Becca: Mennofolk is taking place in Bluffton, Ohio this July. I’ve noticed that the information describing this event immediately reminds us that Mennofolk is not just for Mennonites. Can you expand on this idea?

Heather Kropf
Photo by Kristi Jan Hoover

Wendy: Although Fred Martin thought of Mennofolk as a space to reach out to disenfranchised Mennonite youth, it has really grown beyond that as a form of outreach. As much as we as Mennonites want to be friendly and welcoming, our theology and history of being “separate from the world,” and our tendency to cling to our ethnic traditions and focus on intellectual development can be off-putting to regular folks looking for a church home. One of the most effective ways to break down barriers is music. And one of the most special and marvelous gifts Mennonites offer as a faith community is their music. Even though Mennofolk transcends music written only for church, the musicians that come from the cradle of the Mennonite church are usually steeped in a unique harmonic sensibility and a value of group singing over individual glory. Whether our musicians are playing bluegrass, folk, or rock and roll, the same thing happens at Mennofolk today as did at the very beginning: a sense of spirituality, a love of peace, and the warmth of community dominates the festival. Anyone can be part of that experience, even those who would have no interest in going into a church service or looking into Mennonite history or theology. And the fact is, though they rarely are full time professionals, Mennofolk musicians are incredibly good at what they do. The music is fantastic, and the public responds to that. On the last day of the festival attendees will be invited to hear more from their favorite performers by joining several local church services structured around the hymn “When in Our Music God is Glorified.”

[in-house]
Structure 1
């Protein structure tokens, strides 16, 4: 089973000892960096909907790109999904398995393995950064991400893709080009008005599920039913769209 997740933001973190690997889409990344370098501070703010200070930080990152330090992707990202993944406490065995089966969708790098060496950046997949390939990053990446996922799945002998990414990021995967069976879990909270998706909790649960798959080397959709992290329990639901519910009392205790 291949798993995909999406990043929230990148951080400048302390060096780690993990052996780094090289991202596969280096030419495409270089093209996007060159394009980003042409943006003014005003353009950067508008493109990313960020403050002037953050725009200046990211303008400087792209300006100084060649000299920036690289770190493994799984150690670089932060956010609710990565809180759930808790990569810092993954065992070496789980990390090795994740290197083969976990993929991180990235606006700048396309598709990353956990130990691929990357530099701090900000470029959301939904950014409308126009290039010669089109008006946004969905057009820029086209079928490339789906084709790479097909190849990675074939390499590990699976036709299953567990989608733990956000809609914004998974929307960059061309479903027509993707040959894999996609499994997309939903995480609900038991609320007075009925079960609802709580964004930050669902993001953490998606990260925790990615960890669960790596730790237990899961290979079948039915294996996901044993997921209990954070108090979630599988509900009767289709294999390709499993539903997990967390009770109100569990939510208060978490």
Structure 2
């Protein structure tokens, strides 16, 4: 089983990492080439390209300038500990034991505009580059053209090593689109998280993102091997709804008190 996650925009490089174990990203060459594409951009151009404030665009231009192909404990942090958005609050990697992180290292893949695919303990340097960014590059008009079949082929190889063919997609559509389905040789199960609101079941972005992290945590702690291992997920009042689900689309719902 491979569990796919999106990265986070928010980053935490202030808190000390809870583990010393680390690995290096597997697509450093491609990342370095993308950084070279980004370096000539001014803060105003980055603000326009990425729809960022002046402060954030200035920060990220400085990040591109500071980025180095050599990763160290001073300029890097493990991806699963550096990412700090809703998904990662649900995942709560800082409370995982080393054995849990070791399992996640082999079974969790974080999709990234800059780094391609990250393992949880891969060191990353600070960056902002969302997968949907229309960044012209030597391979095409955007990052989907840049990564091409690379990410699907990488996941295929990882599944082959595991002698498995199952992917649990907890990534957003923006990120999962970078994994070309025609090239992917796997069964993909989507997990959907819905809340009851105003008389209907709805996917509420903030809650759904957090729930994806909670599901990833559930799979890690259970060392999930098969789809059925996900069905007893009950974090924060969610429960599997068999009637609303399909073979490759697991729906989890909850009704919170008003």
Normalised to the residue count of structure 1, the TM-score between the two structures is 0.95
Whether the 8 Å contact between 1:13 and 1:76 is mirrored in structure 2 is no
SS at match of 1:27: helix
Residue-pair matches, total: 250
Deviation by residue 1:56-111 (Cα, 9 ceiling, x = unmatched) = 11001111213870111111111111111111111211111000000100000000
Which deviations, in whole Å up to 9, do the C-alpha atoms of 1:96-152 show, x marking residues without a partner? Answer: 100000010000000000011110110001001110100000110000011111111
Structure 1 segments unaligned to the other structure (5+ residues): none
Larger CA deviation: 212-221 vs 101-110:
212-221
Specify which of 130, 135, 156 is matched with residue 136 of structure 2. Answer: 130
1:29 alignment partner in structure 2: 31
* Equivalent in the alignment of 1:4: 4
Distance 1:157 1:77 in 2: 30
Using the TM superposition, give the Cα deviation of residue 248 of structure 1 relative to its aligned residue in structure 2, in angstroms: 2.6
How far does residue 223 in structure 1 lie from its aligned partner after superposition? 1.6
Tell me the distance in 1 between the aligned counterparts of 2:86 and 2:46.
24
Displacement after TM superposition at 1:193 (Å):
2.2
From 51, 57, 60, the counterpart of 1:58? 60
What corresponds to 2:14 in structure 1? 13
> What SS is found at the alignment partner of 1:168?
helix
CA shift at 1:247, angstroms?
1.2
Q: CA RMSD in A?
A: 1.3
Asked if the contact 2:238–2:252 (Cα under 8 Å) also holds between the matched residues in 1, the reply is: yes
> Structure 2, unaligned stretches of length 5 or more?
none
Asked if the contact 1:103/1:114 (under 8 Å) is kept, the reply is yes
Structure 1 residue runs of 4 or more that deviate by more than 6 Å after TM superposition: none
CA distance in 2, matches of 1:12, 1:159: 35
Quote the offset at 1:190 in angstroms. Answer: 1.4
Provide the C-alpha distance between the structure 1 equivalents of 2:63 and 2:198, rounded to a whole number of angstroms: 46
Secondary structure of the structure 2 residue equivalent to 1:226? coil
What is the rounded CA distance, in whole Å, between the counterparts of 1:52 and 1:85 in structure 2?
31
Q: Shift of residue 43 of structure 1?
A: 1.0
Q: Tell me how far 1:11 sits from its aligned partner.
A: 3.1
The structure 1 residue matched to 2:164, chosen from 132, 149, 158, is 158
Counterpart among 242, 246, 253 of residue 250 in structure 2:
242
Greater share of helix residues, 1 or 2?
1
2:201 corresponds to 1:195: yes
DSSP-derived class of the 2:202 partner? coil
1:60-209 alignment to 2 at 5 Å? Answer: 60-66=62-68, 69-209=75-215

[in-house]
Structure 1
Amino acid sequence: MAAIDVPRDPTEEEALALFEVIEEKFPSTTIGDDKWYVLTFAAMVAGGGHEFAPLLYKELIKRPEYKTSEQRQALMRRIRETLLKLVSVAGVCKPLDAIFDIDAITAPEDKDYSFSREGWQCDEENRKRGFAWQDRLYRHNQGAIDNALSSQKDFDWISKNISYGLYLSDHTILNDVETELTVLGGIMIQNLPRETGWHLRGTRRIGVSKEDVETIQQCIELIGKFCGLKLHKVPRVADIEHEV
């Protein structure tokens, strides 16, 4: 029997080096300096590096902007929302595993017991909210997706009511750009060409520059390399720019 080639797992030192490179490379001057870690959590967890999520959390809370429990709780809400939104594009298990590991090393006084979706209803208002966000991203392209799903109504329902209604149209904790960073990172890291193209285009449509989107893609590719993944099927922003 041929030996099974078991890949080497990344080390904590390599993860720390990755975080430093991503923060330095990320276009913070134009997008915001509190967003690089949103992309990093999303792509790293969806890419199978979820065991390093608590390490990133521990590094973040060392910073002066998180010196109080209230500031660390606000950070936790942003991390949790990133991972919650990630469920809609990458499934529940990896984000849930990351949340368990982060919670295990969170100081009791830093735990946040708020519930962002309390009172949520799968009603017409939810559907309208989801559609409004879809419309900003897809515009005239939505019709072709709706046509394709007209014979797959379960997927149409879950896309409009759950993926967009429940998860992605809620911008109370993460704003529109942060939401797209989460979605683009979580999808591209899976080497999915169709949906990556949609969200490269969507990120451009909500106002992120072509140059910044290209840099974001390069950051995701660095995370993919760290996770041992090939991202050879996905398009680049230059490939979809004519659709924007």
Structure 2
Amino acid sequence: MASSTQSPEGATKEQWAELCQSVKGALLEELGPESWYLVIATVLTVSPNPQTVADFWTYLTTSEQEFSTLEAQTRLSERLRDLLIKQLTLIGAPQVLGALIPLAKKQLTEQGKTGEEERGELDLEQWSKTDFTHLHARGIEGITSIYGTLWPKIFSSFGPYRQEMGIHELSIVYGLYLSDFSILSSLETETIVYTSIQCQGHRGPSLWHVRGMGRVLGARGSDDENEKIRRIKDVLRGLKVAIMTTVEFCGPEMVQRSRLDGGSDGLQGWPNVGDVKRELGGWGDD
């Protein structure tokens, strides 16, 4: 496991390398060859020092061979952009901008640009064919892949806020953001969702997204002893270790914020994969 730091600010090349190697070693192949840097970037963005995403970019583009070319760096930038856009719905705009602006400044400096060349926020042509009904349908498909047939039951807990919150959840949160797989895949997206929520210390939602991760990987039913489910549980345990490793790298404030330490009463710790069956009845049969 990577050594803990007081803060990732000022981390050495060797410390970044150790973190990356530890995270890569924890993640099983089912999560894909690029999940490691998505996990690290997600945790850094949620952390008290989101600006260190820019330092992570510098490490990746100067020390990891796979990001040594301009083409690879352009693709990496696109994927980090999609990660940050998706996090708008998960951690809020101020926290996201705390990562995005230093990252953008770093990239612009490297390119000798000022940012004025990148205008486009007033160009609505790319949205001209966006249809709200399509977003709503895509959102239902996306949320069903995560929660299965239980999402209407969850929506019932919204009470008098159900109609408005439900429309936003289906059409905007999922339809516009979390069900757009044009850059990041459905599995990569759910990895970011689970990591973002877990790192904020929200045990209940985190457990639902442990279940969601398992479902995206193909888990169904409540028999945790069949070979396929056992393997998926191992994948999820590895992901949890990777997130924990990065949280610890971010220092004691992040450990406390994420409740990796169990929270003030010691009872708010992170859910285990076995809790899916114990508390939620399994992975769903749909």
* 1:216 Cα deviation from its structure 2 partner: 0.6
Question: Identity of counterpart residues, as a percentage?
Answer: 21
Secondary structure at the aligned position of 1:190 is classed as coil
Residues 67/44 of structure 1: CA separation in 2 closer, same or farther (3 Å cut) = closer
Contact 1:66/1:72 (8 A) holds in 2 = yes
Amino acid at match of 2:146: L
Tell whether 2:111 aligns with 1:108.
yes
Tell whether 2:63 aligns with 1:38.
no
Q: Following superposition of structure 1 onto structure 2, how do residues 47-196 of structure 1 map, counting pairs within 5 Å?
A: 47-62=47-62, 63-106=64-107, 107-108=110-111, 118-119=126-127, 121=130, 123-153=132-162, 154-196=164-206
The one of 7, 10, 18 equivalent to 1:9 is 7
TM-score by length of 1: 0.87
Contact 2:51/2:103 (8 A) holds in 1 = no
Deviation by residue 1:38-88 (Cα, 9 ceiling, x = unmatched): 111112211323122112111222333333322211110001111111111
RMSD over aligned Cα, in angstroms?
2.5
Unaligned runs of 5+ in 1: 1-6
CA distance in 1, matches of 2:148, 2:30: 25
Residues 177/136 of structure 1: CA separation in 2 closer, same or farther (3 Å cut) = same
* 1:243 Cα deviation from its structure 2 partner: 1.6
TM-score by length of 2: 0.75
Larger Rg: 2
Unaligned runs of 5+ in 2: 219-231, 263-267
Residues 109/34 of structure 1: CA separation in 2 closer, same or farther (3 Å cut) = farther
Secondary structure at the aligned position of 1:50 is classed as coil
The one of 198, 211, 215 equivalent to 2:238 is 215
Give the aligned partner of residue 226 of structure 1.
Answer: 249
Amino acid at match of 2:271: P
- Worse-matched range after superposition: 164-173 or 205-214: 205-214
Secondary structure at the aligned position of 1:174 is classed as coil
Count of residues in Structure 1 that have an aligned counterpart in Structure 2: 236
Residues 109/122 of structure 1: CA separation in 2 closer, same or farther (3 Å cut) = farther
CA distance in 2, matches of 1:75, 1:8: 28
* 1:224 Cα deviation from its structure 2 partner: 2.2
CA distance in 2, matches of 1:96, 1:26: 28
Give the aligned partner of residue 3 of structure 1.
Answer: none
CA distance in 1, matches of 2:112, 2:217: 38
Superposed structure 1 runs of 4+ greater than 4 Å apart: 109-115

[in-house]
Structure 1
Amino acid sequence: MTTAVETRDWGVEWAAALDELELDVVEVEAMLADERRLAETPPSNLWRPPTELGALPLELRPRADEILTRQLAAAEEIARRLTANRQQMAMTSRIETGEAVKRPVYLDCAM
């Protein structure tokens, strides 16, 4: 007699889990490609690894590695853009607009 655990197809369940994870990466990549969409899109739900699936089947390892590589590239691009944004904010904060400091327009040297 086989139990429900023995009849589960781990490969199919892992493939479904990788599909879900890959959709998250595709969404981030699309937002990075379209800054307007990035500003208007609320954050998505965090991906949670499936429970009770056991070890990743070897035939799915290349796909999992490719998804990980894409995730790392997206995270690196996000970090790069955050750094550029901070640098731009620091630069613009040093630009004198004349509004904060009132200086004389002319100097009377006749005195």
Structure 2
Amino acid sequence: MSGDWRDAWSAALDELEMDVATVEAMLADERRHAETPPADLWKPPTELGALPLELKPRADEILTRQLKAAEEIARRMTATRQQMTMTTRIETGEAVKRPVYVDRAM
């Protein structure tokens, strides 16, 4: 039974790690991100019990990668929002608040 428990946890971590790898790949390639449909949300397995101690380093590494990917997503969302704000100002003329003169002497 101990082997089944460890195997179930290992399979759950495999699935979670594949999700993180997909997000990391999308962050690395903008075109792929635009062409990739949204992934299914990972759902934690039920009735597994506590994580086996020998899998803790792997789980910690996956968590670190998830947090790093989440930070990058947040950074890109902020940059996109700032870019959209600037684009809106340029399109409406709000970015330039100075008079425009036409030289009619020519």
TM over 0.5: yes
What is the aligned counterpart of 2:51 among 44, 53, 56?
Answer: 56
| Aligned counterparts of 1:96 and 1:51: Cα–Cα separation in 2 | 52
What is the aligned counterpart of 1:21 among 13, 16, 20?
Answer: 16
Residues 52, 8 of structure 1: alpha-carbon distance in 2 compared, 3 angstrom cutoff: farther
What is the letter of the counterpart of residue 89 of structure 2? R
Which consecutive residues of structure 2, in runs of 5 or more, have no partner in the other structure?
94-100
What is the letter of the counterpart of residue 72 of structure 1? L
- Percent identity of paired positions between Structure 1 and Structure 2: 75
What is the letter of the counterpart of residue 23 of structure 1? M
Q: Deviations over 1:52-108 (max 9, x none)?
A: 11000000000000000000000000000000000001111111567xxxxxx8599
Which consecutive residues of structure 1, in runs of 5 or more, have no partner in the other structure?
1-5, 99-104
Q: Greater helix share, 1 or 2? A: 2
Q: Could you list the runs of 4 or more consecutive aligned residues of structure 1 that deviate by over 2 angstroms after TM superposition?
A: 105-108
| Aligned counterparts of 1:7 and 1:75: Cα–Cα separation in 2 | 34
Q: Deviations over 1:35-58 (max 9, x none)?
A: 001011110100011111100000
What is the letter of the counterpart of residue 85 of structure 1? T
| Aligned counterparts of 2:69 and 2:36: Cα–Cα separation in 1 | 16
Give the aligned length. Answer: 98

Becca: In your opinion, what can the arts (and music especially) offer the larger Mennonite church?

Wendy: I think music has already enhanced and helped create the Mennonite church, from the early hymns of the martyrs to the four-part singing and chorals that were adopted later and embraced as central vessels that help our spirits soar. However, I do think it is interesting that most of the musicians who are involved with Mennofolk do not have a space to share their music in church. They are playing in coffeehouses, farmers markets, recording on their computers, but they are not being utilized in worship settings. We have so many excellent songwriters, yet very few Mennonite composers and writers are represented in our hymnals and Mennonite camp songs.

Becca: What have been the most rewarding parts of being involved in Mennofolk?

Wendy: I have been part of organizing seven Mennofolk festivals over the years. And I have hundreds of stories of grace and love that have manifested themselves through the events and music of Mennofolk. I remember the young Shawnee woman who saw the publicity about Mennofolk and contacted me to try to learn about her mysterious Mennonite ancestor and ended up doing a concert with her Native American flute. Or the young man I met playing in a bar whose music I loved… I said to him “too bad you’re not Mennonite, because I’d love to book you for a festival!” He shyly told me that he had recently started attending a Mennonite church, was feeling many changes in his life, and was desperately trying to find venues to play his music that were alcohol-free and songs that were not focused on objectification of women. He went on to play at several Mennofolks and found a network of other musicians through the experience. I’ve seen great bands such as The Steel Wheels and Over the Rhine that have gone on to commercial success, and I’ve enjoyed some of the best music I’ve ever heard from people who only sing in their living rooms.